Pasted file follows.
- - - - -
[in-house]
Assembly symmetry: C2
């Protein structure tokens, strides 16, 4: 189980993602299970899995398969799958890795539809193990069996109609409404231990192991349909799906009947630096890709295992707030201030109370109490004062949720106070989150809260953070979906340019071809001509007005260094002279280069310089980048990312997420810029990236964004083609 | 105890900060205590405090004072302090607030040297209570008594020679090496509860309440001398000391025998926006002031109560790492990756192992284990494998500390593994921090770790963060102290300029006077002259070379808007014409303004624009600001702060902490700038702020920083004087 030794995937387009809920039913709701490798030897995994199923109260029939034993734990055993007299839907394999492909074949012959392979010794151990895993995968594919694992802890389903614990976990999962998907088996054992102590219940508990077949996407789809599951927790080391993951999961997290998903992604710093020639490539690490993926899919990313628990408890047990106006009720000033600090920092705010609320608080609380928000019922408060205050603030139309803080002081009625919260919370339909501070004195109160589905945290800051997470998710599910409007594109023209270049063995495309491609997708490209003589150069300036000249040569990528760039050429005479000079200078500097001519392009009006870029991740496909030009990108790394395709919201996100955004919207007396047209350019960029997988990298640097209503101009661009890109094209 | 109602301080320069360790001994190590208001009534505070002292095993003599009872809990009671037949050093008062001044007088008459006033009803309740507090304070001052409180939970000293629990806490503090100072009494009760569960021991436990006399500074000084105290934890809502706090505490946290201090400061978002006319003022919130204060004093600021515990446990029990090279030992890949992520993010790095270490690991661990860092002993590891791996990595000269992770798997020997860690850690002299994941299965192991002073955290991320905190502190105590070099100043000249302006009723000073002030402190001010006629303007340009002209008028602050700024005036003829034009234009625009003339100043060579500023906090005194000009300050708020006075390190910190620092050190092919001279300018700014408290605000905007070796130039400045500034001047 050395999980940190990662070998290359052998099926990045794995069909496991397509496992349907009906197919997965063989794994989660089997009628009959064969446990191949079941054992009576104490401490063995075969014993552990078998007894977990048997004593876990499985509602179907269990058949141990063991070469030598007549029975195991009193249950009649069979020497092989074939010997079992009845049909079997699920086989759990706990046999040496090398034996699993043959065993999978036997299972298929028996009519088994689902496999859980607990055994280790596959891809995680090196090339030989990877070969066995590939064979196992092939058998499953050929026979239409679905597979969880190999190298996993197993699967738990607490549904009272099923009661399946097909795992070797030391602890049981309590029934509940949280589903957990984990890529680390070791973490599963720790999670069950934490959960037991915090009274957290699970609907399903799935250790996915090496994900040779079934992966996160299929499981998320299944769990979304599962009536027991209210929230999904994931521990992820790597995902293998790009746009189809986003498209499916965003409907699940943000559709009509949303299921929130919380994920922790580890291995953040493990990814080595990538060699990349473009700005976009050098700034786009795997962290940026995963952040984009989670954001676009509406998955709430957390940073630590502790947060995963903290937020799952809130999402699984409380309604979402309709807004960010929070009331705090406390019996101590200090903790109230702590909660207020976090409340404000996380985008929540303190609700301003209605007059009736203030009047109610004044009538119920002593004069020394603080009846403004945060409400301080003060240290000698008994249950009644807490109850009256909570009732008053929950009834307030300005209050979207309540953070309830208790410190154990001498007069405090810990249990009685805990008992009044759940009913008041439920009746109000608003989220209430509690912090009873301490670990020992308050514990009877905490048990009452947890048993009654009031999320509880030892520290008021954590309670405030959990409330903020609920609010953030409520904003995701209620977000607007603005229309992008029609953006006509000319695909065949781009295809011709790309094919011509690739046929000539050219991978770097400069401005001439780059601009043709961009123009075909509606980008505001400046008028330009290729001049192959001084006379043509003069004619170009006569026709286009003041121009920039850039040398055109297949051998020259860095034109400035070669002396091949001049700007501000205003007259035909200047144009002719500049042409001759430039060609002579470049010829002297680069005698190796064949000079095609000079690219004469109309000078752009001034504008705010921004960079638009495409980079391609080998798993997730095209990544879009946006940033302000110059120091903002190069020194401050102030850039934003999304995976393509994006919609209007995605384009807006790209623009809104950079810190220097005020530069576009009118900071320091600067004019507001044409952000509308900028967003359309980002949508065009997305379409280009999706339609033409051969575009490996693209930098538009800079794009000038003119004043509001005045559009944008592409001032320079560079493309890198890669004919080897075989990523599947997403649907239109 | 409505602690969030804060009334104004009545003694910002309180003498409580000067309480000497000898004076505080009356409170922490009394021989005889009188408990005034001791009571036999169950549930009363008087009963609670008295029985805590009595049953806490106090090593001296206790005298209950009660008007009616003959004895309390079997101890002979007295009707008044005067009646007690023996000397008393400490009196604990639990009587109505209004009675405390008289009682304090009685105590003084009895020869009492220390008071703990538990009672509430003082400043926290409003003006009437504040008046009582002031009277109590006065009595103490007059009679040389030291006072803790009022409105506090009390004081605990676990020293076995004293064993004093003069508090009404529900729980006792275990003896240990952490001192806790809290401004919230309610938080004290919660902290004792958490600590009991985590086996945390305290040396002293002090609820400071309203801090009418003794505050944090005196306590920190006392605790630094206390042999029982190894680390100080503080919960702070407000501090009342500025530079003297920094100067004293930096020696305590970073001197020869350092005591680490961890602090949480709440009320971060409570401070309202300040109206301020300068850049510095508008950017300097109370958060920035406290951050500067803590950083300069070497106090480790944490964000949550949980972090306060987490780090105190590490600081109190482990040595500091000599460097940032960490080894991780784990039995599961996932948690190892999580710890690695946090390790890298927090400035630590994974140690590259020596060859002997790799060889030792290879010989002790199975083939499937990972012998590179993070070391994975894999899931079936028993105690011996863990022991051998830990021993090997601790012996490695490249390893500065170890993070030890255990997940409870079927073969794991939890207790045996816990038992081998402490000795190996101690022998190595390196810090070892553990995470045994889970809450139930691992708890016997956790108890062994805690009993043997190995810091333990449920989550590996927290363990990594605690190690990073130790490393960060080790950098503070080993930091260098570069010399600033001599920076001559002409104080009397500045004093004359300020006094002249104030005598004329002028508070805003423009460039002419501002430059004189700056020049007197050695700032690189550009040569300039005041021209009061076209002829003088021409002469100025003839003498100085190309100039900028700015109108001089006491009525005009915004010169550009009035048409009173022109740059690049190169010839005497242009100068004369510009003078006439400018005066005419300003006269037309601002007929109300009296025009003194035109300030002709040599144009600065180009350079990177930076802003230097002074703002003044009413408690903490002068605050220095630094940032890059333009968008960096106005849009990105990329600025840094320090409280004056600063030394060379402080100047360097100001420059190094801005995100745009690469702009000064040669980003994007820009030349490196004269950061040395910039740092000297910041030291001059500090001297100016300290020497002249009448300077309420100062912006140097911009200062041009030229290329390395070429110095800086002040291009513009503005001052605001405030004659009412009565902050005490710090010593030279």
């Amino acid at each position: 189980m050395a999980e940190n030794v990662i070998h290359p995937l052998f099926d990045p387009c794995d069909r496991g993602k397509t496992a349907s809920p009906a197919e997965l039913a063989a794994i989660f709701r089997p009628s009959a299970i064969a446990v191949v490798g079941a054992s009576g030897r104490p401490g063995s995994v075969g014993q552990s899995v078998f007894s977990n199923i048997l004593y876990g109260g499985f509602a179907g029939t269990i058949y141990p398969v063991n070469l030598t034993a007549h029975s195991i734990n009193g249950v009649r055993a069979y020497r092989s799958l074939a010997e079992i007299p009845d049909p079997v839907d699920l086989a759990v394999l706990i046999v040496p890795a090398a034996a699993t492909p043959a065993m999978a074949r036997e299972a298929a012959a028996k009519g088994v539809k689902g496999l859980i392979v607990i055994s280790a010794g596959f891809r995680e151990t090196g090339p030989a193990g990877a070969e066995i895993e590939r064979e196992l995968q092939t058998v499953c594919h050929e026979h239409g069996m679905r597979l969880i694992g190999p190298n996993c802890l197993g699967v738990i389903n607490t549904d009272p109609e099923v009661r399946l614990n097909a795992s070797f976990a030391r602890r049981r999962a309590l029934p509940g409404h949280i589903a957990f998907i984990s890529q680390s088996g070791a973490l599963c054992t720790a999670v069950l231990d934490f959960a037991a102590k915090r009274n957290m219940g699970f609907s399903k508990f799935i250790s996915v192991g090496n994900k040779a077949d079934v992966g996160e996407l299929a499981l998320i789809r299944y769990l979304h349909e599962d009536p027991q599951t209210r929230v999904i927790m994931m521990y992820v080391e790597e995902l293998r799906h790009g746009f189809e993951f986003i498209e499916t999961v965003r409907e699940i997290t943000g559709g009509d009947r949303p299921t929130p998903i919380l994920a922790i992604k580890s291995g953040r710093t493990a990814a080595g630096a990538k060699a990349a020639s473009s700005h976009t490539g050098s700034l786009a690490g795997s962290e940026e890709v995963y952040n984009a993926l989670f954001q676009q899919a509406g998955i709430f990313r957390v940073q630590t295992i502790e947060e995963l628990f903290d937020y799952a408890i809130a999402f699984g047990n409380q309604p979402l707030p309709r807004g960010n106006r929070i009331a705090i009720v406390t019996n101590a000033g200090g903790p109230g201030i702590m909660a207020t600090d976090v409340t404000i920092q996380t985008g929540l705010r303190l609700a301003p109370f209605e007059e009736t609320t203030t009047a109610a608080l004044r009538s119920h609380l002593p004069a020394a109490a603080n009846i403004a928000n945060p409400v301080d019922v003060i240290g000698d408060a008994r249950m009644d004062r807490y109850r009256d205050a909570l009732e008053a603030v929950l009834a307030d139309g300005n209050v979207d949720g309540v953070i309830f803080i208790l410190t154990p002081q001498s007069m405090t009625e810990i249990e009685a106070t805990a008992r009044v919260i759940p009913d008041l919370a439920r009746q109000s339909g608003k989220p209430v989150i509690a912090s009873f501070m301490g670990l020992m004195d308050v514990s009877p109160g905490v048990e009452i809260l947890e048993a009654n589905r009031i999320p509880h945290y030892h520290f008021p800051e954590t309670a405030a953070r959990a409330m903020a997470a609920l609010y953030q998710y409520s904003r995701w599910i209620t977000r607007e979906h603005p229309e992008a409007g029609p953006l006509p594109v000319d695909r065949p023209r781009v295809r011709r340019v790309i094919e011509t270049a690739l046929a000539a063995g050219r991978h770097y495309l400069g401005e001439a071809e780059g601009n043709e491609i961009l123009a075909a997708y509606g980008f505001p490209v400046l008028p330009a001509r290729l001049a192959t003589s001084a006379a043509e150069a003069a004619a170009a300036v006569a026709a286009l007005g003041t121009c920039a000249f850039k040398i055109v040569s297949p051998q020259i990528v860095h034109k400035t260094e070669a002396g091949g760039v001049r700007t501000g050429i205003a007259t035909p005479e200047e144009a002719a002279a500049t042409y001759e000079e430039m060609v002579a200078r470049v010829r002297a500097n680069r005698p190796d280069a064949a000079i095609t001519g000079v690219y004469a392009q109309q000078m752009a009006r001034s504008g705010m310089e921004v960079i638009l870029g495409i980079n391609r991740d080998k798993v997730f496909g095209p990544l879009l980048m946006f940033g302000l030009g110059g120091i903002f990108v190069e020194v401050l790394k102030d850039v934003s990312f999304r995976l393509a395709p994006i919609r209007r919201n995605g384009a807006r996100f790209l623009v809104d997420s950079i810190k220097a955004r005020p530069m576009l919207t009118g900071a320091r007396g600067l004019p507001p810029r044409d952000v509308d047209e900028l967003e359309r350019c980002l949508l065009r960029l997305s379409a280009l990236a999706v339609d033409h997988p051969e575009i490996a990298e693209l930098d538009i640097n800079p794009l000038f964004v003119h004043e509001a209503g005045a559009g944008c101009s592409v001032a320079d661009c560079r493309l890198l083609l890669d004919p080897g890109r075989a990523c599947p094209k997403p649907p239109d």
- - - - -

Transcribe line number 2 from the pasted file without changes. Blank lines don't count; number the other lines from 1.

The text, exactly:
Assembly symmetry: C2